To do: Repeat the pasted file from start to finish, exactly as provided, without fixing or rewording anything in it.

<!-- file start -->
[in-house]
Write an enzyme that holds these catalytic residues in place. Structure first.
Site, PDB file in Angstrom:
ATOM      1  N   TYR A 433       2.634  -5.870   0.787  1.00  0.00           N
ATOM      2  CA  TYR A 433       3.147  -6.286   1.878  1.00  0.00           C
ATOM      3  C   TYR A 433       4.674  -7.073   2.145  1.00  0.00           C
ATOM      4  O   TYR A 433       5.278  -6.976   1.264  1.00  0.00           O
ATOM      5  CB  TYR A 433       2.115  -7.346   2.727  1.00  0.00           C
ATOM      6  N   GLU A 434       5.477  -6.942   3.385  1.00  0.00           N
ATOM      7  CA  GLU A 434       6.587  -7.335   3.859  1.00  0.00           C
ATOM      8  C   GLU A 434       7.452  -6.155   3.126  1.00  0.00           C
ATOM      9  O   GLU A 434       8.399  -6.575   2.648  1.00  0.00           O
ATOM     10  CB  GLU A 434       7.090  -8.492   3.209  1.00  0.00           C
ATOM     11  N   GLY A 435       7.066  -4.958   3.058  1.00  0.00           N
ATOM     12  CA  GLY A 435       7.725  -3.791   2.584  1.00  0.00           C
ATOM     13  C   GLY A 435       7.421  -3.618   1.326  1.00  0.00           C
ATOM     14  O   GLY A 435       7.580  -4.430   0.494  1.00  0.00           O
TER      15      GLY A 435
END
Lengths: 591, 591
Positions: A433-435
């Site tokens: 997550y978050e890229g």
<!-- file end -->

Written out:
[in-house]
Write an enzyme that holds these catalytic residues in place. Structure first.
Site, PDB file in Angstrom:
ATOM      1  N   TYR A 433       2.634  -5.870   0.787  1.00  0.00           N
ATOM      2  CA  TYR A 433       3.147  -6.286   1.878  1.00  0.00           C
ATOM      3  C   TYR A 433       4.674  -7.073   2.145  1.00  0.00           C
ATOM      4  O   TYR A 433       5.278  -6.976   1.264  1.00  0.00           O
ATOM      5  CB  TYR A 433       2.115  -7.346   2.727  1.00  0.00           C
ATOM      6  N   GLU A 434       5.477  -6.942   3.385  1.00  0.00           N
ATOM      7  CA  GLU A 434       6.587  -7.335   3.859  1.00  0.00           C
ATOM      8  C   GLU A 434       7.452  -6.155   3.126  1.00  0.00           C
ATOM      9  O   GLU A 434       8.399  -6.575   2.648  1.00  0.00           O
ATOM     10  CB  GLU A 434       7.090  -8.492   3.209  1.00  0.00           C
ATOM     11  N   GLY A 435       7.066  -4.958   3.058  1.00  0.00           N
ATOM     12  CA  GLY A 435       7.725  -3.791   2.584  1.00  0.00           C
ATOM     13  C   GLY A 435       7.421  -3.618   1.326  1.00  0.00           C
ATOM     14  O   GLY A 435       7.580  -4.430   0.494  1.00  0.00           O
TER      15      GLY A 435
END
Lengths: 591, 591
Positions: A433-435
């Site tokens: 997550y978050e890229g």